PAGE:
Upside-down flag controversy is the latest for Supreme Court Justice Alito

David G. Savage, Los Angeles Times on

Published in Political News

WASHINGTON — Justice Samuel A. Alito Jr., the Supreme Court's most predictable conservative of late, is again battling complaints that some of his actions demand that he recuse himself from pending cases.

Alito has responded that he is a victim of unjust criticism.

Here's a look at some of the recent controversies.

What is the upside-down flag incident about?

Last week, The New York Times published a photo showing an American flag flying upside down in front of Alito's house on Jan. 17, 2021.

Neighbors reported seeing the flag flying for several days after supporters of outgoing President Trump had rioted at the U.S. Capitol.

For some, the upside-down flag became a symbol of the "Stop the Steal" movement.

How did Alito respond to complaints about the flag incident?

He blamed his wife, Martha-Ann, and his neighbors.

"I had no involvement whatsoever in the flying of the flag," he told the N.Y. Times in an email.

Speaking to a Fox News reporter, he said a neighbor had made vulgar comments to his wife.

Alito suggested it was unfair to criticize him for the upside-down flag because it was his wife's idea and she had been provoked by neighbors.

He did not explain whether he was troubled by this display of the flag or why he did not insist immediately that it must come down.

Some liberal groups have demanded that Alito recuse himself from proceedings involving Trump. But there is no hint Alito will step aside from deciding the pending case on whether Trump can be prosecuted for "official acts" he took as president.

Are these the first calls for Alito to recuse himself?

No. Last year, Alito gave an interview to the Wall Street Journal complaining about the treatment of Supreme Court justices.

"We're being hammered daily. And nobody, practically nobody is defending us," he told two opinion page writers of the Wall Street Journal, which regularly defends Alito and the conservative court. "We are being bombarded. ... This type of concerted attack on the court and individual justices" is "new during my lifetime."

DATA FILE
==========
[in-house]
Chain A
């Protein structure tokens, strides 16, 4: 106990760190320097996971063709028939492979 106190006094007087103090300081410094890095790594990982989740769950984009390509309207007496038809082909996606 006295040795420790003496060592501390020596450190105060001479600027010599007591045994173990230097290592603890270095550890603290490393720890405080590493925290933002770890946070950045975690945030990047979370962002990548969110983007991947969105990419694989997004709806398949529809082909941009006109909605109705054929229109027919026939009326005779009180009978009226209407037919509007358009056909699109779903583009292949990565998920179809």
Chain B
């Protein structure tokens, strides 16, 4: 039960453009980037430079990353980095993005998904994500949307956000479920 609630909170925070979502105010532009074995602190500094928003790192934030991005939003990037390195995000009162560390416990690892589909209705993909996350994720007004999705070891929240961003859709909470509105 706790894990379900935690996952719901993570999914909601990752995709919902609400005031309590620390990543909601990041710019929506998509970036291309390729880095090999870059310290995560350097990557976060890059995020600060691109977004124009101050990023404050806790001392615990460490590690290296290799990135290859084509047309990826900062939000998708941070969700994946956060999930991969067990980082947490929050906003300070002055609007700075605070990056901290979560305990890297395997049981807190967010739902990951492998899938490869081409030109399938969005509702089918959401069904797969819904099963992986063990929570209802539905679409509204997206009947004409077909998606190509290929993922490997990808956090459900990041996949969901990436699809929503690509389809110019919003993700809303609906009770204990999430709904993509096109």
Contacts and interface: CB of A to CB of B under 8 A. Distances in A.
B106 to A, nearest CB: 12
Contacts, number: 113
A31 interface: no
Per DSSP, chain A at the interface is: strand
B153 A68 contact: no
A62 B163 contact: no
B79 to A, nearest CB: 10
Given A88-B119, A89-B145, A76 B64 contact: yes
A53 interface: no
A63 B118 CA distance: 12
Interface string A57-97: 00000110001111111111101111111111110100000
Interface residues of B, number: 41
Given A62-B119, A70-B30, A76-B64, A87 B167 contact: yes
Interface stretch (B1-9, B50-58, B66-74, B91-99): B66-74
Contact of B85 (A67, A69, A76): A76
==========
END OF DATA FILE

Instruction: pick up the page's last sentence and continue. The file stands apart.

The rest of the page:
One of the writers, Washington attorney David B. Rivkin, had helped write an appeal petition asking the court to take up a major tax case and rule the Constitution forbids levies on undistributed corporate profits.

Two months later, when the court voted to hear the case, Senate Democrats and progressive groups called for Alito to step aside from ruling on the matter.

The justice fired off a sharp rejoinder. There is "no valid reason for my recusal in this case. When Mr. Rivkin participated in the interviews and co-authored the articles, he did so as a journalist, not an advocate. The case in which he is involved was never mentioned."

The court is due to issue a decision in that case, Moore vs. United States, in the next few weeks.

How did Alito respond to complaints that some justices failed to disclose free trips?

Alito was upset last summer when he learned ProPublica was about to publish a story on a free fishing trip he took to Alaska in a private jet owned by hedge fund billionaire Paul Singer.

The nonprofit investigative group had earlier revealed that Justice Clarence Thomas had regularly taken free and undisclosed vacations with Texas billionaire Harlan Crow.

Like Thomas, Alito did not mention the luxury trip in 2008 as a gift on the required judicial disclosure report.

When ProPublica sent him several questions about the upcoming story, Alito refused to comment through a court spokeswoman and then sought to debunk the "false charges" in the Journal before the story could appear.

What he described as false charges involved whether he knew or should have known that Singer's hedge fund was involved in appeals before the high court.

Singer's hedge fund, NML Capital, had pursued an aggressive strategy of buying Argentina's bonds at a discount when the country defaulted in 2001 and then fought in the U.S. courts to be paid in full. This 14-year battle between what the Argentines called the "vultures" and Singer's hedge fund was featured often in the legal and financial press, including the Wall Street Journal.

Singer is a major Republican donor and gave Alito glowing introductions when he spoke to the Federalist Society and the Manhattan Institute.

ProPublica said Singer's hedge fund was involved in 10 appeals that came before the court. In 2014, the justices agreed to decide a key issue and ruled 7 to 1 in favor of Singer's hedge fund with Alito in the majority. Singer's hedge fund was ultimately paid $2.4 billion for its bonds.

Writing in the Journal, Alito said he had no duty to recuse himself from ruling in the case because "I was not aware and had no good reason to be aware that Mr. Singer had an interest" in the cases involving Argentine bonds. When the court agreed to decide the case of "Republic of Argentina vs. NML Capital, Ltd., No. 12-842, Mr. Singer's name did not appear" in the legal briefs, he said.

Yes, "he introduced me before I gave a speech — as have dozens of other people. ... On no occasion have we discussed the activities of his businesses, and we have never talked about any case or issue before the Court," Alito wrote.

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